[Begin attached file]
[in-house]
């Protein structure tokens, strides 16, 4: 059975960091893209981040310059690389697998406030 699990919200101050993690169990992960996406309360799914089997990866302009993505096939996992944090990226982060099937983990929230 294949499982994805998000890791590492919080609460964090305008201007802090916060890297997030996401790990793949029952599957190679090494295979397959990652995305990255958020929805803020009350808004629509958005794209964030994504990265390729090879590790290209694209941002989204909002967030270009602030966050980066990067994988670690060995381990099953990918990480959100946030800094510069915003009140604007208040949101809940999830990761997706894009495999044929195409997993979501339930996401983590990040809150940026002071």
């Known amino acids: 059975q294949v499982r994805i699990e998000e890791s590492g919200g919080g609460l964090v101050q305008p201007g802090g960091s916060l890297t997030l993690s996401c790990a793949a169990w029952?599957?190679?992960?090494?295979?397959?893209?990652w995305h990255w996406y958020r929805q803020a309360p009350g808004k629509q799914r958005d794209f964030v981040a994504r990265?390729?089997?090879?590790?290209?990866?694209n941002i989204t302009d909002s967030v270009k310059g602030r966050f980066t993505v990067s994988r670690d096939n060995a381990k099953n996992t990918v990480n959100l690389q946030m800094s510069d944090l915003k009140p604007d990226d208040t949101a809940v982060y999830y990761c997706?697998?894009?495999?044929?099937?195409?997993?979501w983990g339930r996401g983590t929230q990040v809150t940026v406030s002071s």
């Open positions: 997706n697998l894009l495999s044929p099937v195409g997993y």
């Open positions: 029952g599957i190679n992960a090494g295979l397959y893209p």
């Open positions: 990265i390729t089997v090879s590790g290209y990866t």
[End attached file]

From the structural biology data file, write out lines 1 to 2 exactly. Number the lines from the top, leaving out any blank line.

[in-house]
């Protein structure tokens, strides 16, 4: 059975960091893209981040310059690389697998406030 699990919200101050993690169990992960996406309360799914089997990866302009993505096939996992944090990226982060099937983990929230 294949499982994805998000890791590492919080609460964090305008201007802090916060890297997030996401790990793949029952599957190679090494295979397959990652995305990255958020929805803020009350808004629509958005794209964030994504990265390729090879590790290209694209941002989204909002967030270009602030966050980066990067994988670690060995381990099953990918990480959100946030800094510069915003009140604007208040949101809940999830990761997706894009495999044929195409997993979501339930996401983590990040809150940026002071």